7. The method of claim 6 further comprising the step of morphologically analyzing said sentence prior to said step of decomposing said sentence.
8. The method of claim 6 where said step of decomposing said sentence includes moving at least one phrase within said sentence.
9. The method of claim 8 where said step of moving said phrase is performed with respect to an interrogative sentence.
10. The method of claim 8 where said step of moving said phrase is performed with respect to a passive sentence.
11. The method of claim 8 where said step of moving said phrase is associated with a relative clause construction.
12. The method of claim 6 where said step of decomposing said sentence includes replacing at least one pronoun with an antecedent thereof.
13. The method of claim 6 where said step of determining said thematic roles includes:
(a) for each verb, determining at least one candidate thematic grid, each said candidate thematic grid including a plurality of thematic roles; and (b) for each verb, selecting one of said candidate thematic grids whose thematic roles best match the arguments associated with that verb.
14. The method of claim 13 where said step of determining said thematic grid includes stemming a verb of said sentence.
15. The method of claim 5 where said sentence is of imperative form.
16. The method of claim 5 where said sentence is of interrogative form.
17. The method of claim 5 further comprising the step of parsing said question into a neo-Davidsonian logical form including a second plurality of phrases.
18. The method of claim 17 where said step of evaluating the degree to which said sentence constitutes an answer to said question includes:
(a) searching for matches between said sentence's first plurality of phrases and said question's second plurality of phrases; and (b) incrementing a numerical score for said sentence upon the occurrence of each said match.
19. The method of claim 18 where said step of searching for matches includes literal matching.
20. The method of claim 18 where said step of searching for matches includes interrogative matching.
21. The method of claim 18 where said step of searching for matches includes verb-based matching.
22. The method of claim 18 where said step of presenting said answer to said user includes providing those sentences whose scores satisfy a minimum score requirement.
23. The method of claim 17 where said step of parsing said question includes:

(a) decomposing said question into at least one verb and a plurality of arguments associated with said verb, said verb and said arguments collectively defining said second plurality of phrases; and (b) determining a thematic role corresponding to each said phrase.
24. The method of claim 23 where said step of determining said thematic roles includes:
(a) for each verb, determining at least one candidate thematic grid, each said candidate thematic grid including a plurality of thematic roles; and (b) for each verb, selecting one of said candidate thematic grids whose thematic roles best match the arguments associated with that verb.
25. A system for searching an electronically accessible document depository to provide at least one answer to a question posed by a user in a natural language, comprising:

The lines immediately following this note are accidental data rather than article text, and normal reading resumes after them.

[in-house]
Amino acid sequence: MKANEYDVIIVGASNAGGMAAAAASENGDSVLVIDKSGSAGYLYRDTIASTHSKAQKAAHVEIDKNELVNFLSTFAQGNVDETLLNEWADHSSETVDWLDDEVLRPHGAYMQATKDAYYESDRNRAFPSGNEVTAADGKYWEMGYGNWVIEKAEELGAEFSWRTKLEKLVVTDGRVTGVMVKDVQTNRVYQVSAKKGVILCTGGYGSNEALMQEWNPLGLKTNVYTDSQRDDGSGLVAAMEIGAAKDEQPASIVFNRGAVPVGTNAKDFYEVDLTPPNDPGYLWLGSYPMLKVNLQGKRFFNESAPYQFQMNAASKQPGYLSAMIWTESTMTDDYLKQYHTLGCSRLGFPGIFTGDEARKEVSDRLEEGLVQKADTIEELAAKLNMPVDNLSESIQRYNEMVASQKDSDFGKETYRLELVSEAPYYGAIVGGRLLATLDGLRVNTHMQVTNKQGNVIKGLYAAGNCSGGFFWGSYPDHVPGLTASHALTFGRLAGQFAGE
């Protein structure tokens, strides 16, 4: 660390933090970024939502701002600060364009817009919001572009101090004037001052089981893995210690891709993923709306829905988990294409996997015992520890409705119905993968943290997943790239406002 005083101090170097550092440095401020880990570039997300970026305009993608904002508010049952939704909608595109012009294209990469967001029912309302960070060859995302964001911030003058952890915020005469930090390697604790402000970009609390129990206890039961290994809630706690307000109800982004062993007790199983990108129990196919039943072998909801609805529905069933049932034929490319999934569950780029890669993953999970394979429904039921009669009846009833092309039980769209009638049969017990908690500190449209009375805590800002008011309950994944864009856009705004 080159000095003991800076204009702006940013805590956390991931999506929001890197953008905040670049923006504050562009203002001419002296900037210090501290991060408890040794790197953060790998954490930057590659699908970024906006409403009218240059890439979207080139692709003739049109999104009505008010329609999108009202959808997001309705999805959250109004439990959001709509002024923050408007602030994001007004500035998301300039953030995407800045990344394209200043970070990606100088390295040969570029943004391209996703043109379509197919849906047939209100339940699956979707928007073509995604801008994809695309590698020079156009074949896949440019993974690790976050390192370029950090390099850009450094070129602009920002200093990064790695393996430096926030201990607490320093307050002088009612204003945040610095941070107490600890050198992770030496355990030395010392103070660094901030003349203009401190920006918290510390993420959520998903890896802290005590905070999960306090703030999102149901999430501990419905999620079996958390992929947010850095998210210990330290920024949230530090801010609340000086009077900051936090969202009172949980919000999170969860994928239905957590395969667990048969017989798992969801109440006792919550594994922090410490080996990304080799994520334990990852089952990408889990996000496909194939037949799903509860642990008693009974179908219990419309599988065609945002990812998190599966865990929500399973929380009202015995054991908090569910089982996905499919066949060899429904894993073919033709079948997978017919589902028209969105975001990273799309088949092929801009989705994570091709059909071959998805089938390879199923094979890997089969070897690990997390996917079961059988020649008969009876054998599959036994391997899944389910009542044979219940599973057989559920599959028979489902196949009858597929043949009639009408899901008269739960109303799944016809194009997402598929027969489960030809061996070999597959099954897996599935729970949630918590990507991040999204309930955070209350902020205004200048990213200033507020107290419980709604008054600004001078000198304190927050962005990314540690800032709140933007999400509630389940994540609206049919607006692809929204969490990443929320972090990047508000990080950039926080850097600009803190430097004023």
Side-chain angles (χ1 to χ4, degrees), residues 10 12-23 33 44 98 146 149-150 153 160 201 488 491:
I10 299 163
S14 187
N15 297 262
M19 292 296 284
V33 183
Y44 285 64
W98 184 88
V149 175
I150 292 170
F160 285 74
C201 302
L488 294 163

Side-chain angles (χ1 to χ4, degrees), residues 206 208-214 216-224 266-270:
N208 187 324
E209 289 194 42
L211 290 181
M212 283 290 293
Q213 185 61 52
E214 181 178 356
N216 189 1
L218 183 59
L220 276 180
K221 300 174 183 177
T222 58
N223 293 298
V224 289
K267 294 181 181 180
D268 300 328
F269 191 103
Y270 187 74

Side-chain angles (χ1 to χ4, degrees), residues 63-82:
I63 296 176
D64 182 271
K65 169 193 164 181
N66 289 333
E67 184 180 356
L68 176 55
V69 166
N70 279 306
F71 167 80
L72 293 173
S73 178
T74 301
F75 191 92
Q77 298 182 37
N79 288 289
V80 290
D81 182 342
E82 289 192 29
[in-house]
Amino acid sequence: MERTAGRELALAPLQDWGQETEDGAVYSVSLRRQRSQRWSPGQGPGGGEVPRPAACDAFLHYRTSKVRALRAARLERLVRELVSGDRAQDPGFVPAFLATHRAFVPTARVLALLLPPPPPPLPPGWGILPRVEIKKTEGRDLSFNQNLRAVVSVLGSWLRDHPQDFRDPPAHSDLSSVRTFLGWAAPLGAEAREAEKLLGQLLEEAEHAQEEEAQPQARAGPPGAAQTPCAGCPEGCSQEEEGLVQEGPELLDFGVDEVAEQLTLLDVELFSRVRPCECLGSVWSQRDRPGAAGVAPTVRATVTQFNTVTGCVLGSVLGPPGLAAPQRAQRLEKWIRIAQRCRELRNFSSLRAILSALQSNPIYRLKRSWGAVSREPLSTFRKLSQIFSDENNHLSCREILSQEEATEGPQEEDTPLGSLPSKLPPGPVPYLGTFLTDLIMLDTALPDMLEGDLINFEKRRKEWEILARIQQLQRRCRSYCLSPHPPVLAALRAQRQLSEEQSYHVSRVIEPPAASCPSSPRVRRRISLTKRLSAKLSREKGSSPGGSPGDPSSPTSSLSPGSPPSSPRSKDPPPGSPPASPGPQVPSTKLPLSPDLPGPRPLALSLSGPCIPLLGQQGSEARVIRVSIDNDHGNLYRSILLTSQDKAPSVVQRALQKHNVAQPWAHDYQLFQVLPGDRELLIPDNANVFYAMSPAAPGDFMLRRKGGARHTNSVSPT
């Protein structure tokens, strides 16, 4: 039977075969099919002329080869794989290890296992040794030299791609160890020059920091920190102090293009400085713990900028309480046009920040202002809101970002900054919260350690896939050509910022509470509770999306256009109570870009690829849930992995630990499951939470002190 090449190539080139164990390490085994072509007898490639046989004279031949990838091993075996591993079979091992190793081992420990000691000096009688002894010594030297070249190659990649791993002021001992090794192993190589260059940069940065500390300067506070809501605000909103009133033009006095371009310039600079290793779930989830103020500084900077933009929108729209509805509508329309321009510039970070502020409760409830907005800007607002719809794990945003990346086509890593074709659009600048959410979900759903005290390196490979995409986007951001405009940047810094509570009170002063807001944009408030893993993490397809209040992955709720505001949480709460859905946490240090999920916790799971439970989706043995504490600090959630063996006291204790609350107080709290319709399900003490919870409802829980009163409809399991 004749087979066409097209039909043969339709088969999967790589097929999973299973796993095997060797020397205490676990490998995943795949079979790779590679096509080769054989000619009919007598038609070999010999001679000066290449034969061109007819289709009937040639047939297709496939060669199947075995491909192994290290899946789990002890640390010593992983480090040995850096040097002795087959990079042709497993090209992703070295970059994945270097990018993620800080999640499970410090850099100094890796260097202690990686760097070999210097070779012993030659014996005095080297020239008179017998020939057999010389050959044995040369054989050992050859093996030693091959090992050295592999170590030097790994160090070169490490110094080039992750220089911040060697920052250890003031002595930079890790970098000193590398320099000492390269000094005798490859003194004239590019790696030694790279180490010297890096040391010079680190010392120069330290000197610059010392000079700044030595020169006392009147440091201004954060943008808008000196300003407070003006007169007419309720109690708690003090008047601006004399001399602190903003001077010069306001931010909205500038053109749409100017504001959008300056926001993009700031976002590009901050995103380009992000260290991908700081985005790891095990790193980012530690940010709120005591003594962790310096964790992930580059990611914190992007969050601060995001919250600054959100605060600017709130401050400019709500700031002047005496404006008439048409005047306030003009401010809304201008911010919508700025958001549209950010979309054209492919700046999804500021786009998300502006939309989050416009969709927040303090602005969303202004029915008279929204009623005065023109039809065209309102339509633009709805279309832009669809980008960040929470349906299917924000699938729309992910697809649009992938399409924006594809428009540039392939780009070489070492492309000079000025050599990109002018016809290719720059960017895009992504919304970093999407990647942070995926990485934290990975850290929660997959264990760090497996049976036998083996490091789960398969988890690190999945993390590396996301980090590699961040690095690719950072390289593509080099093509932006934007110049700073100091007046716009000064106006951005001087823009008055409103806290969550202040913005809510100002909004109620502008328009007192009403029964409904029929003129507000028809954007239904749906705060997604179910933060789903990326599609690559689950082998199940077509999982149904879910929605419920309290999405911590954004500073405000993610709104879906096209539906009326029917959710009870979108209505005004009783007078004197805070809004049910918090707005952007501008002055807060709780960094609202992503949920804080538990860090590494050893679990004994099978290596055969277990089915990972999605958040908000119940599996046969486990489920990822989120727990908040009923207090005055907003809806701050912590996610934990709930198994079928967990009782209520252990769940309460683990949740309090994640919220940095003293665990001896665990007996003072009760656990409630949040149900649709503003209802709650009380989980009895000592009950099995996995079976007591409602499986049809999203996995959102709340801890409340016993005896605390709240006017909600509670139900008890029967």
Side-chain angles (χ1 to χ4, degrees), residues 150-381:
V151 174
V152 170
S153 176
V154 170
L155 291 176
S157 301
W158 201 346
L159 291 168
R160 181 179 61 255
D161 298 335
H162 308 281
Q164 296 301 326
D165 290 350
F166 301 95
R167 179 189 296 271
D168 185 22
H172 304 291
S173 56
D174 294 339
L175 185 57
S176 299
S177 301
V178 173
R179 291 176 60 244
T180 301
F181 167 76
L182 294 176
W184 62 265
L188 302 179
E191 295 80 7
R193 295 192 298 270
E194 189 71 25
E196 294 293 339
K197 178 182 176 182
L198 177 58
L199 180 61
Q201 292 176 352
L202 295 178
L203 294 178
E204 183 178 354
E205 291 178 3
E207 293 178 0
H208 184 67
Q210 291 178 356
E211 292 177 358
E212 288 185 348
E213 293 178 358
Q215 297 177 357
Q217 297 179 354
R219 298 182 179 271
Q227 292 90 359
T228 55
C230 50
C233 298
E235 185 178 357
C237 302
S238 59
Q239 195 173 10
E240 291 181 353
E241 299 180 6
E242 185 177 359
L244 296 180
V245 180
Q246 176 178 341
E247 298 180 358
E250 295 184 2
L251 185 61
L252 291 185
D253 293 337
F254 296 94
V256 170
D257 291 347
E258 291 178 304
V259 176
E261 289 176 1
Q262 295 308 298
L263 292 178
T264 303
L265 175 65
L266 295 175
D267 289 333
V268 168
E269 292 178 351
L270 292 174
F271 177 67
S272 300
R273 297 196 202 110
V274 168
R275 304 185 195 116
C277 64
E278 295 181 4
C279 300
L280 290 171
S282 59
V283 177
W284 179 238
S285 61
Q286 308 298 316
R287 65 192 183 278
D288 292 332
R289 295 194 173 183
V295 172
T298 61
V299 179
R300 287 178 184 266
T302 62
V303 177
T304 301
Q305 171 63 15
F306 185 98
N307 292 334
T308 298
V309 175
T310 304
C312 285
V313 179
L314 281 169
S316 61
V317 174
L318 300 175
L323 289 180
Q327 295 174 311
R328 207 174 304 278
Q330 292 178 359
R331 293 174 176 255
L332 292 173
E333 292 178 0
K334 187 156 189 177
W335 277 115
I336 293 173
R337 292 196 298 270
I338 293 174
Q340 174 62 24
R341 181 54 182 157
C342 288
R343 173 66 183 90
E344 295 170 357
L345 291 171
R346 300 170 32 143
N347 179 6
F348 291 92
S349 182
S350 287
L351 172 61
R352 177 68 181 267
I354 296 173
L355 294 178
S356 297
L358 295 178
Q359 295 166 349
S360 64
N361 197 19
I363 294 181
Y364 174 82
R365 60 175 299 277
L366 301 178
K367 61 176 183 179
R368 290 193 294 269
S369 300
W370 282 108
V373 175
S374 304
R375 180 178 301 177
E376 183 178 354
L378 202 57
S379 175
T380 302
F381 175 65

(a) a parser coupled to receive:
(i) said question, and (ii) from said depository, at least a portion of said candidate document that may contain an answer to said question; and (b) an evaluator coupled to receive from said parser:
(i) a first output derived from said question and (ii) a second output derived from said portion of said candidate document; and said evaluator configured to derive from said first and second outputs each said answer to be presented to said user.
26. The system of claim 25, further comprising a keyword-based searcher for identifying said candidate document from said depository.
27. The system of claim 25, where said depository is the World Wide Web and said candidate document is a web page.
28. The system of claim 25 further comprising a tokenizes coupled to said parser, said tokenizes configured to receive said candidate document from said depository and to identify said portion of said candidate document, said portion including at least one sentence of said candidate document.
29. The system of claim 28, where said evaluator includes:
(a) a comparator coupled to said parser to receive said first and second outputs and to determine any matches therebetween; and (b) a scorer coupled to said comparator to receive said matches and to assign a rank to each said match.
30. The system of claim 29 where said matches and scores are literally-based.
31. The system of claim 29 where said matches and scores are interrogative-based.
32. The system of claim 29 where said matches and scores are verb-based.
33. The system of claim 25, where said parser includes (a) a phrase boundary identifier configured to decompose:
(i) said portion of said candidate document into a first plurality of phrases, and (ii) said question into a second plurality of phrases; and (b) a linker coupled to said phrase boundary identifier, said linker configured to determine a thematic role corresponding to each of said phrases;
such that said first output includes said first plurality of phrases and their corresponding thematic roles and said second output includes said second plurality of phrases and their corresponding thematic roles.